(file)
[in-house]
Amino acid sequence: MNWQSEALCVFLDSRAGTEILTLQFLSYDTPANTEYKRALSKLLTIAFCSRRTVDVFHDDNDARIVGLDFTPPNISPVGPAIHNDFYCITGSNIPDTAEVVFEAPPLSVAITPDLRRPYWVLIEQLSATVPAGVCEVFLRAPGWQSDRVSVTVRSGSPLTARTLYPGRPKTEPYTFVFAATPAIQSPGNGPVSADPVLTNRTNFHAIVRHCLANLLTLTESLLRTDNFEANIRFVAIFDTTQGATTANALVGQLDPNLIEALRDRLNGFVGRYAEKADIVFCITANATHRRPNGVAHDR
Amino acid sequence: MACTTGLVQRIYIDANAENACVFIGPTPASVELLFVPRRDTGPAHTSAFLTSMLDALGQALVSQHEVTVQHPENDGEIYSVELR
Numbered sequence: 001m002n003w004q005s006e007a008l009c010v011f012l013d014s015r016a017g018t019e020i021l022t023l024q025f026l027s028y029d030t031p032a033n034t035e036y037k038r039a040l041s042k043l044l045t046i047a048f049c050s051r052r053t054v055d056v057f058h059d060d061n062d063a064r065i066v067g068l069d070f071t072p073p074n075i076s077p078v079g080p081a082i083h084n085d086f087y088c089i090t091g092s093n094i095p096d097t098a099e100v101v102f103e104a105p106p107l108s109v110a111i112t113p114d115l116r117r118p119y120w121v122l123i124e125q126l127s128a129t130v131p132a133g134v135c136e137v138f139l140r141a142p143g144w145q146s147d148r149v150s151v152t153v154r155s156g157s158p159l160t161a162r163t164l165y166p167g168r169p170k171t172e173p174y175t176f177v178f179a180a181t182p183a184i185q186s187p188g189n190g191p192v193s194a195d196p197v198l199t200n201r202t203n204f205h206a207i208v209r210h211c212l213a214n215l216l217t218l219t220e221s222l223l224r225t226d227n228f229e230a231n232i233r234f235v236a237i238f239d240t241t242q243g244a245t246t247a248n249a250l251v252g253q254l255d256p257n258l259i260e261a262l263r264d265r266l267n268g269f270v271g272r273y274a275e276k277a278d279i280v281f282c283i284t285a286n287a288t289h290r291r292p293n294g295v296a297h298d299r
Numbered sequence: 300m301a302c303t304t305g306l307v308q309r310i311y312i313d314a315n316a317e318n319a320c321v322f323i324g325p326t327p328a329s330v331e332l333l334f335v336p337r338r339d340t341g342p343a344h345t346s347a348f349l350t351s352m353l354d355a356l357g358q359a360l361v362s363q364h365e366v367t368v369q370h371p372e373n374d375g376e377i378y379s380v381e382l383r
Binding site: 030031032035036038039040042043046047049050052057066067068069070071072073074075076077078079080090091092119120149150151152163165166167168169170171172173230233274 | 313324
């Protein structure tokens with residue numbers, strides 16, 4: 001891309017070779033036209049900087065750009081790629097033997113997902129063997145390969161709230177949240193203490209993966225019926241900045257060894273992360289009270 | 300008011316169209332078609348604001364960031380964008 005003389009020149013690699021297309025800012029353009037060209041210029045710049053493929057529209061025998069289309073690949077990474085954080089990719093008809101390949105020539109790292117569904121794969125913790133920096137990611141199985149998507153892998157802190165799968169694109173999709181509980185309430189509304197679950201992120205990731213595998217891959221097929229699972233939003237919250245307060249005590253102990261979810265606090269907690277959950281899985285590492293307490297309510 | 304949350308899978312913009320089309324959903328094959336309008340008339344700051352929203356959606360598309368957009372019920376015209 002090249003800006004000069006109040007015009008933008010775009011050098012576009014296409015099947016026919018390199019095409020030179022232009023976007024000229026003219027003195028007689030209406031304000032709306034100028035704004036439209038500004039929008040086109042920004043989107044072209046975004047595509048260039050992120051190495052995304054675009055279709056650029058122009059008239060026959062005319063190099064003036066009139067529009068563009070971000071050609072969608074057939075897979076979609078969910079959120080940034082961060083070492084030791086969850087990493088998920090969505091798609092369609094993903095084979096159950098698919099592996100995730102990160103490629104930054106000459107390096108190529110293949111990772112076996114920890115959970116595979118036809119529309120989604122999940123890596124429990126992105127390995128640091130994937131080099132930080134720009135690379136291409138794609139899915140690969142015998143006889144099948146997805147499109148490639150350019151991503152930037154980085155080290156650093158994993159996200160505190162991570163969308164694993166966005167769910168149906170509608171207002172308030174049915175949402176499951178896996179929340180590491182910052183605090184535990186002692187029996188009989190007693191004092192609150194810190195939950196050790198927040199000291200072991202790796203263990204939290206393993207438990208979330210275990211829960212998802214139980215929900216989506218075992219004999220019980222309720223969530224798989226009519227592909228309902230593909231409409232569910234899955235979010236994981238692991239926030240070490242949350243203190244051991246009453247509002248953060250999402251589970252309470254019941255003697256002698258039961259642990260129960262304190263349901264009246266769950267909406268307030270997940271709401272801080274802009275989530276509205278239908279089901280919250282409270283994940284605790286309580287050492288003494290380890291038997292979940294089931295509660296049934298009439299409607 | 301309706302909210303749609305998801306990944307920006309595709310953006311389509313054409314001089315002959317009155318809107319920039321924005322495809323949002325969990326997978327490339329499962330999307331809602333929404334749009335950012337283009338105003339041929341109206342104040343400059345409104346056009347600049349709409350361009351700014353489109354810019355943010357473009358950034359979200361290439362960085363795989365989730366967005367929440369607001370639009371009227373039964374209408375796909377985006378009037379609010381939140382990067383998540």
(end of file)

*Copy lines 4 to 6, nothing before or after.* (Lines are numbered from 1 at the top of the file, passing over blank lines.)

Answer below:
Numbered sequence: 001m002n003w004q005s006e007a008l009c010v011f012l013d014s015r016a017g018t019e020i021l022t023l024q025f026l027s028y029d030t031p032a033n034t035e036y037k038r039a040l041s042k043l044l045t046i047a048f049c050s051r052r053t054v055d056v057f058h059d060d061n062d063a064r065i066v067g068l069d070f071t072p073p074n075i076s077p078v079g080p081a082i083h084n085d086f087y088c089i090t091g092s093n094i095p096d097t098a099e100v101v102f103e104a105p106p107l108s109v110a111i112t113p114d115l116r117r118p119y120w121v122l123i124e125q126l127s128a129t130v131p132a133g134v135c136e137v138f139l140r141a142p143g144w145q146s147d148r149v150s151v152t153v154r155s156g157s158p159l160t161a162r163t164l165y166p167g168r169p170k171t172e173p174y175t176f177v178f179a180a181t182p183a184i185q186s187p188g189n190g191p192v193s194a195d196p197v198l199t200n201r202t203n204f205h206a207i208v209r210h211c212l213a214n215l216l217t218l219t220e221s222l223l224r225t226d227n228f229e230a231n232i233r234f235v236a237i238f239d240t241t242q243g244a245t246t247a248n249a250l251v252g253q254l255d256p257n258l259i260e261a262l263r264d265r266l267n268g269f270v271g272r273y274a275e276k277a278d279i280v281f282c283i284t285a286n287a288t289h290r291r292p293n294g295v296a297h298d299r
Numbered sequence: 300m301a302c303t304t305g306l307v308q309r310i311y312i313d314a315n316a317e318n319a320c321v322f323i324g325p326t327p328a329s330v331e332l333l334f335v336p337r338r339d340t341g342p343a344h345t346s347a348f349l350t351s352m353l354d355a356l357g358q359a360l361v362s363q364h365e366v367t368v369q370h371p372e373n374d375g376e377i378y379s380v381e382l383r
Binding site: 030031032035036038039040042043046047049050052057066067068069070071072073074075076077078079080090091092119120149150151152163165166167168169170171172173230233274 | 313324